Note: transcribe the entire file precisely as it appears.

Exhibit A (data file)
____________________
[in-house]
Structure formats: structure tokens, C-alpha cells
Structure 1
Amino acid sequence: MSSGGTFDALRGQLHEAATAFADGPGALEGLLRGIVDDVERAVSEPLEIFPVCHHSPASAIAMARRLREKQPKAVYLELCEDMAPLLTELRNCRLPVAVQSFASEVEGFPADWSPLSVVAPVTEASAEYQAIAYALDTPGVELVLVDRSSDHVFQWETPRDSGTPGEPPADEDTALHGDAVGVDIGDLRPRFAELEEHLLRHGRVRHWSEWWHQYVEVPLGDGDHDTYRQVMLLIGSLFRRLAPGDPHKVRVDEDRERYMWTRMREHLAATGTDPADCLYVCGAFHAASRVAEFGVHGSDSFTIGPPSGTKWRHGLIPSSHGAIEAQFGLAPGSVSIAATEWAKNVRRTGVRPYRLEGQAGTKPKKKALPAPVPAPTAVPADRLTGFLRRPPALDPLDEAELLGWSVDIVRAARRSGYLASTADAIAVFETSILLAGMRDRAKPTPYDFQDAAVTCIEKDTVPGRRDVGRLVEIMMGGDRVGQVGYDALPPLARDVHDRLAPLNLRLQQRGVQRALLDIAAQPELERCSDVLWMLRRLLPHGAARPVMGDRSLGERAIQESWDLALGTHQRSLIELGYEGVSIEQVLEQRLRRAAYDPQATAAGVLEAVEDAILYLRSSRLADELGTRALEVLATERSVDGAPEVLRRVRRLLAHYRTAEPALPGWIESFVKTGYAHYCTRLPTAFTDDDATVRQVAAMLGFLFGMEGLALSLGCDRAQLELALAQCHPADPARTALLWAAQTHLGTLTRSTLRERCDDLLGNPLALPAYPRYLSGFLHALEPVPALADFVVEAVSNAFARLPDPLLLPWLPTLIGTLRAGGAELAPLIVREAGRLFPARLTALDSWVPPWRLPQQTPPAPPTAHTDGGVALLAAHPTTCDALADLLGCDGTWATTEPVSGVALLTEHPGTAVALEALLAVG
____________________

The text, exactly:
[in-house]
Structure formats: structure tokens, C-alpha cells
Structure 1
Amino acid sequence: MSSGGTFDALRGQLHEAATAFADGPGALEGLLRGIVDDVERAVSEPLEIFPVCHHSPASAIAMARRLREKQPKAVYLELCEDMAPLLTELRNCRLPVAVQSFASEVEGFPADWSPLSVVAPVTEASAEYQAIAYALDTPGVELVLVDRSSDHVFQWETPRDSGTPGEPPADEDTALHGDAVGVDIGDLRPRFAELEEHLLRHGRVRHWSEWWHQYVEVPLGDGDHDTYRQVMLLIGSLFRRLAPGDPHKVRVDEDRERYMWTRMREHLAATGTDPADCLYVCGAFHAASRVAEFGVHGSDSFTIGPPSGTKWRHGLIPSSHGAIEAQFGLAPGSVSIAATEWAKNVRRTGVRPYRLEGQAGTKPKKKALPAPVPAPTAVPADRLTGFLRRPPALDPLDEAELLGWSVDIVRAARRSGYLASTADAIAVFETSILLAGMRDRAKPTPYDFQDAAVTCIEKDTVPGRRDVGRLVEIMMGGDRVGQVGYDALPPLARDVHDRLAPLNLRLQQRGVQRALLDIAAQPELERCSDVLWMLRRLLPHGAARPVMGDRSLGERAIQESWDLALGTHQRSLIELGYEGVSIEQVLEQRLRRAAYDPQATAAGVLEAVEDAILYLRSSRLADELGTRALEVLATERSVDGAPEVLRRVRRLLAHYRTAEPALPGWIESFVKTGYAHYCTRLPTAFTDDDATVRQVAAMLGFLFGMEGLALSLGCDRAQLELALAQCHPADPARTALLWAAQTHLGTLTRSTLRERCDDLLGNPLALPAYPRYLSGFLHALEPVPALADFVVEAVSNAFARLPDPLLLPWLPTLIGTLRAGGAELAPLIVREAGRLFPARLTALDSWVPPWRLPQQTPPAPPTAHTDGGVALLAAHPTTCDALADLLGCDGTWATTEPVSGVALLTEHPGTAVALEALLAVG